Innerleithen mountain bike centre plans about to move up a gear

Plans to create the first mountain-biking centre of its kind in Europe at Innerleithen are about to move up a gear.

Monday, 14th January 2019, 5:12 pm
Updated Tuesday, 15th January 2019, 12:38 pm
How the proposed Caerlee Mill mountain-biking innovation centre in Innerleithen would look.

Views are now being sought by the project’s organisers as they look to set the wheels in motion to create what they bill as a world-class bike park and innovation centre at the old Caerlee Mill site.

A public consultation will be held next Thursday, January 24, at Innerleithen Memorial Hall, starting at 7pm.

The old Caerlee Mill at Innerleithen.

Presentations will be given by Canadian leisure and adventure industry consultant Select Contracts, Edinburgh architect Oberlanders and Newcastle-based consultancy firm Urban Foresight drawing on research being funded by Scottish Enterprise.

Next week’s consultation exercise follows one held in 2017 to garner thoughts on how best the Tweed Valley can capitalise further on the growing popularity of cycling as a leisure pursuit, now estimated to be worth £143m to the Scottish economy annually.

An initial business case for the project is one of several proposals in the Borderlands inclusive growth deal currently subject to negotiations between the UK and Scottish governments.

That outline business case is being drawn up by Developing Mountain Biking in Scotland (DMBinS), a partnership made up of Scottish Cycling, Edinburgh Napier University, Scottish Enterprise and Scottish Borders Council.

It has been consulting with businesses in the region, national agencies and international bike brands to develop its proposals.

DMBinS regional mountain bike co-ordinator Ed Shoote said: “The Tweed Valley is already home to some of the best mountain bike riding in the UK, and every year its reputation grows.

“We believe this proposal promotes the area to become the European capital of mountain-biking.

“Following the previous community meeting, the message was clear that Innerleithen had fantastic potential to offer a wider range of trails to complement Glentress – from jump trails to fun family-orientated bike park trails.

“Whilst the plans are progressing with a good deal of political support, we need to ensure the local community is on board with the ideas and will support the proposals.”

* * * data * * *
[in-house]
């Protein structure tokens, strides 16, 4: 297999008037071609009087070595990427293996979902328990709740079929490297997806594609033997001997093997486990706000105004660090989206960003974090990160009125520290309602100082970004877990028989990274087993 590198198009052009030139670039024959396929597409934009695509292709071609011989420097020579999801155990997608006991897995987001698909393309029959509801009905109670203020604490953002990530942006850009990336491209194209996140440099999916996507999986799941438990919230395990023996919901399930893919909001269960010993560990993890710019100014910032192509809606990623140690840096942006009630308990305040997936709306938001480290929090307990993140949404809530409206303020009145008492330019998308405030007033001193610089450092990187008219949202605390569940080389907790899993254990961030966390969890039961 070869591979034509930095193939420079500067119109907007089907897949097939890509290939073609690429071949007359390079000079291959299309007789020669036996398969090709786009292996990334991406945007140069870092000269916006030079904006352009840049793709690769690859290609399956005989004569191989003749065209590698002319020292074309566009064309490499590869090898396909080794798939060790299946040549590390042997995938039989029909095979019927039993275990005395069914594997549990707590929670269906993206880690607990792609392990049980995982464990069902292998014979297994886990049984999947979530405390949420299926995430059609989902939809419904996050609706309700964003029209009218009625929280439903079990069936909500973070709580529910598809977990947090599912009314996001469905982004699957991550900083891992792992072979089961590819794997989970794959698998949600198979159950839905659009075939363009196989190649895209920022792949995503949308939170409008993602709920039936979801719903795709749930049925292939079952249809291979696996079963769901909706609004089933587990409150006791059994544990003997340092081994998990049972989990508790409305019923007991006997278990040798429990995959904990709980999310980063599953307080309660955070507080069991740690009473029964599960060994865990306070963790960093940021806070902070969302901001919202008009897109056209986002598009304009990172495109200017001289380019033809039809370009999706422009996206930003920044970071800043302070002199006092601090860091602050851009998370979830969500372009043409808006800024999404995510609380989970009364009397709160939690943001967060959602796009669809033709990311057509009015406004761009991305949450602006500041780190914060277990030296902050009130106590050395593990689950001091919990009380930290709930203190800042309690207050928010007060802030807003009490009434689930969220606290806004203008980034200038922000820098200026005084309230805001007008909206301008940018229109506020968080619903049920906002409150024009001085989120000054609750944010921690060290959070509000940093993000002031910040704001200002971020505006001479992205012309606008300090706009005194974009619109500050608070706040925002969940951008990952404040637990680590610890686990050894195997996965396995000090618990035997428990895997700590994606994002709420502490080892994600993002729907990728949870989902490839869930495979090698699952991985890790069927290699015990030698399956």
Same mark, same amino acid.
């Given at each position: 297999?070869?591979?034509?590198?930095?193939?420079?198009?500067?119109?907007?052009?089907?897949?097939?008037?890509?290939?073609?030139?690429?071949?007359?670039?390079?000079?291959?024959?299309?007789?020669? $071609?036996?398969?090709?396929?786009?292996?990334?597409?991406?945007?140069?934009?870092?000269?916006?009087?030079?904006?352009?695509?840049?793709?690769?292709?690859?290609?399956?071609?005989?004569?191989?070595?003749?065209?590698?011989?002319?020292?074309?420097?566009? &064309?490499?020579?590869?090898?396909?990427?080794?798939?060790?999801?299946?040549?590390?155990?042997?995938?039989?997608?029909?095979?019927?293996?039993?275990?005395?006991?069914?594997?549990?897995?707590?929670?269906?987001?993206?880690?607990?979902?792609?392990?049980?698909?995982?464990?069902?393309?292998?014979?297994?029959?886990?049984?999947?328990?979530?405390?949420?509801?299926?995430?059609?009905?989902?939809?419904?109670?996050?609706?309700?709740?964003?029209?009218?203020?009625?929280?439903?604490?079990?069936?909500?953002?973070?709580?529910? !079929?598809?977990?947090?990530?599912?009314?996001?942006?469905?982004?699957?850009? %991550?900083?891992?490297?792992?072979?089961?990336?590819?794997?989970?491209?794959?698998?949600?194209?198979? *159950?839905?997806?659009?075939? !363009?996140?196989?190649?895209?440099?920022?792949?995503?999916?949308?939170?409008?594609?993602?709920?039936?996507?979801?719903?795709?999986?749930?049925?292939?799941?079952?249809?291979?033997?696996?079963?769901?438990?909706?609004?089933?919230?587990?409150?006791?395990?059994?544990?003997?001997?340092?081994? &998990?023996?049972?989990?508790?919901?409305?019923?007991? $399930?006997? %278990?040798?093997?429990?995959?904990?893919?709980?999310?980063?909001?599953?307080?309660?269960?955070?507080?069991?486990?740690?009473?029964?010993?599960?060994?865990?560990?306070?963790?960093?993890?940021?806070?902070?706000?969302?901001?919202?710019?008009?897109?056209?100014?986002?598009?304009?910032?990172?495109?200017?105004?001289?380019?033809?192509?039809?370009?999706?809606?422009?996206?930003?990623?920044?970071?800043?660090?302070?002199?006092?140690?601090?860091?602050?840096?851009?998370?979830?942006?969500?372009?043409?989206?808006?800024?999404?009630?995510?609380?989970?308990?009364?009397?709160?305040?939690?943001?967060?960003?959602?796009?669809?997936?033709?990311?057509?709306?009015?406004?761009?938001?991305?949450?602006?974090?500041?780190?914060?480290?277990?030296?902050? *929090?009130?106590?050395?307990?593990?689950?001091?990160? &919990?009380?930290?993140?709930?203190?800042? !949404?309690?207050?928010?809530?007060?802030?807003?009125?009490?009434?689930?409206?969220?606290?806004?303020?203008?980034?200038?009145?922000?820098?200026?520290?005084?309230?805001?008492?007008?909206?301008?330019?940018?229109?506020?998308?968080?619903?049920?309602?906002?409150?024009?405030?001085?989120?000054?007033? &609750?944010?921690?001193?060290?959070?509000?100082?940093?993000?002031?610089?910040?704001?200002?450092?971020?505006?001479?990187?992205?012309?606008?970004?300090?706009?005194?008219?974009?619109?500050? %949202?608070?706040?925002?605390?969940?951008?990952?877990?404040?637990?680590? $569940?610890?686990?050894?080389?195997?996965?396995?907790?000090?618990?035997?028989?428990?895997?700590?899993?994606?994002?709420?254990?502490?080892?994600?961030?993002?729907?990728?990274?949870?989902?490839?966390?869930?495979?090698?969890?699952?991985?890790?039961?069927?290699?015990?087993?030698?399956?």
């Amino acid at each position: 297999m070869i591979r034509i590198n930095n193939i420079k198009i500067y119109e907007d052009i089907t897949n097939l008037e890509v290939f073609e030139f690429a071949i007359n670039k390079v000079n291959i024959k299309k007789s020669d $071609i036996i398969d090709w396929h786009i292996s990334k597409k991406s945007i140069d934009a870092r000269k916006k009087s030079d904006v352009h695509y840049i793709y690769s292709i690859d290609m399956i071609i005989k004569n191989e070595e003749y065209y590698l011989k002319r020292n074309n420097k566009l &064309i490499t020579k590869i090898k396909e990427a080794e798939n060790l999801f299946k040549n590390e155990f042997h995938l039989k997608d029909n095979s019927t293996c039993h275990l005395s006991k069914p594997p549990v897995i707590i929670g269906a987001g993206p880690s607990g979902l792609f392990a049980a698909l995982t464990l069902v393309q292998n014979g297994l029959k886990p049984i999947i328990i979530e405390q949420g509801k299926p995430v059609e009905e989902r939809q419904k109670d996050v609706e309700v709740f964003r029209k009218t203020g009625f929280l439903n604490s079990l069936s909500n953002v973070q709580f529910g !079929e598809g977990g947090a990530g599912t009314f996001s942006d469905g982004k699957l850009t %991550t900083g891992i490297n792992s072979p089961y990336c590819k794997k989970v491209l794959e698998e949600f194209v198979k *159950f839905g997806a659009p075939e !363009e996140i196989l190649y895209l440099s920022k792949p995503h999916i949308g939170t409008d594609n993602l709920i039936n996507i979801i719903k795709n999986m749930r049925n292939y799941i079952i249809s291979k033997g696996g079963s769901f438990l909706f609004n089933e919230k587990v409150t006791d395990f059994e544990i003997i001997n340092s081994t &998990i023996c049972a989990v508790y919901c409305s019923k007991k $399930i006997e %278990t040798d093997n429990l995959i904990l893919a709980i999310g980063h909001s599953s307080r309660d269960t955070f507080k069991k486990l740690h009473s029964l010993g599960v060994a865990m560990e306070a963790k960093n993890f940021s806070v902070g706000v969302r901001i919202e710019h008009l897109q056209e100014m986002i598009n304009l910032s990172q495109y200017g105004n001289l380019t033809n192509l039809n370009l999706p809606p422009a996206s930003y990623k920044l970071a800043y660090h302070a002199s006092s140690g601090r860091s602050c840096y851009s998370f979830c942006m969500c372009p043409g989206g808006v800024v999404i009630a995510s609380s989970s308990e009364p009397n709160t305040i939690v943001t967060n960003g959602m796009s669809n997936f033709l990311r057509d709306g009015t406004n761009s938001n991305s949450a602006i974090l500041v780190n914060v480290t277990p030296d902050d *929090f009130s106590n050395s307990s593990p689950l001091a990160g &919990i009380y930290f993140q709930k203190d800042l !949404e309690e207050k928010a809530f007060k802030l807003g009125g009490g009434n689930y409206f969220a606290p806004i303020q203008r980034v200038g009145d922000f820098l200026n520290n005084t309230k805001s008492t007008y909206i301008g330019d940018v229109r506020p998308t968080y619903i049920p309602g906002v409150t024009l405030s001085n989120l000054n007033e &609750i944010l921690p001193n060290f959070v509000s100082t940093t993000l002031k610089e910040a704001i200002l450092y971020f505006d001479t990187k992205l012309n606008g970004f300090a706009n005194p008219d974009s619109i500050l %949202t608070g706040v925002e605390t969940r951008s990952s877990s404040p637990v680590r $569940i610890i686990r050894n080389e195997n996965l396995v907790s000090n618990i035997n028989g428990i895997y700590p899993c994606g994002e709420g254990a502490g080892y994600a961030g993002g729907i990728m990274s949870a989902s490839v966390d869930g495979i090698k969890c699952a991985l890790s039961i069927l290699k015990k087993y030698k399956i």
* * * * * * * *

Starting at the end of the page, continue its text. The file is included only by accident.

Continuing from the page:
The innovation centre will contain facilities that companies have asked for, including cutting-edge prototyping equipment.

The centre will form part of a wider community hub including space for childcare, indoor activities such as a climbing wall, an extra cafe and office for short-term let.

Professor Geraint Florida-James, lead academic at the Mountain Bike Centre of Scotland at Glentress, near Peebles, said: “Crucially, the plans not only promote growth in tourism but maximise the impact of the sport for the local community and businesses by creating new jobs and specialist facilities.

“It builds on the success of Edinburgh Napier University’s Mountain Bike Centre of Scotland project, which, to date, has engaged with over 200 businesses.”

Select Contracts chief executive officer Chris Sutton said: “We were extremely pleased to be appointed as consultants for this downhill bike park project.

“We see Innerleithen as one of the best locations for a bike park in the UK and Europe.

“We are looking forward to sharing our work on this project to date and getting local community feedback.”

Feedback generated by next Thursday’s consultation meeting will contribute towards a full business case to be put together by Select Contracts and Urban Foresight to help amass the funding required, from both public and private-sector sources, to get the project up and running.

Caerlee Mill, opened in 1790, ceased operations in 2013, and planning consent was granted in August last year for 44 houses to be built on part of the site by Edinburgh-based Whiteburn Projects